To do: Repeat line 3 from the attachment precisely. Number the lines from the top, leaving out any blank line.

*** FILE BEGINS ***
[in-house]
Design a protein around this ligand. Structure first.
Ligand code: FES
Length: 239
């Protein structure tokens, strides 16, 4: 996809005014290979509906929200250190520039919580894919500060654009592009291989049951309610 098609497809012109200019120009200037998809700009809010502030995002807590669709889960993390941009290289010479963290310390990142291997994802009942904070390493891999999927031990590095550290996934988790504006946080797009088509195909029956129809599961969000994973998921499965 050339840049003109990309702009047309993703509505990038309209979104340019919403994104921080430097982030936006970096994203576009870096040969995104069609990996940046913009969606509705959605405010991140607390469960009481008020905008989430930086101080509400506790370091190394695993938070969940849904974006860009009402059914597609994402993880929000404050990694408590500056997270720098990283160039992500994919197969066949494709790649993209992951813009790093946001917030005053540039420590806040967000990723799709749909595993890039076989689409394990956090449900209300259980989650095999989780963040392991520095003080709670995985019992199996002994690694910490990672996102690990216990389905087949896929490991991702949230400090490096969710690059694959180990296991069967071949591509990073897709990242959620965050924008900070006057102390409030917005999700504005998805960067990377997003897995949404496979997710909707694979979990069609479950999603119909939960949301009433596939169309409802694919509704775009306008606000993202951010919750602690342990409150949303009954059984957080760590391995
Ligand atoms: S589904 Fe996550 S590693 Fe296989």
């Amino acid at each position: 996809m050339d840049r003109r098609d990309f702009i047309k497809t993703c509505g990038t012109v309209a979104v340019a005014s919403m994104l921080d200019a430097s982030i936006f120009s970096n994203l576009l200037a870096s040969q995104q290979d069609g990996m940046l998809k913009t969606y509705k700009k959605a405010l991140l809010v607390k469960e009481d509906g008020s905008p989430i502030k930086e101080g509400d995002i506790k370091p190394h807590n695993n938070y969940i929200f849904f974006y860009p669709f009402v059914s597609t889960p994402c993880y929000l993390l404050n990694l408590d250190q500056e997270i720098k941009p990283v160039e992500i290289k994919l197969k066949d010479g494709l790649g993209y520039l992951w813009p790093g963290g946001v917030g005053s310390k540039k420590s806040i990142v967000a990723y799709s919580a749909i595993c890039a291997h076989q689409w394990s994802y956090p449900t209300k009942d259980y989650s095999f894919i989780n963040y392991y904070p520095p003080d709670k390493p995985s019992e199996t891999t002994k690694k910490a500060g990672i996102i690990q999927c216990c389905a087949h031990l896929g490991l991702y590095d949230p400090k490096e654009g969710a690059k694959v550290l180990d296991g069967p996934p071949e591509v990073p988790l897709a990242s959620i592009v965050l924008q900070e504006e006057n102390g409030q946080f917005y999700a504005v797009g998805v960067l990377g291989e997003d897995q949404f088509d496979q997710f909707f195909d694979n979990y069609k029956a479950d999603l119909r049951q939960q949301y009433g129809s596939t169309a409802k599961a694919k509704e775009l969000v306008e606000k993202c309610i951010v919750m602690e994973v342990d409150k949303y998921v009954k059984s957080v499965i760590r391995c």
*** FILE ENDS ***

Ligand code: FES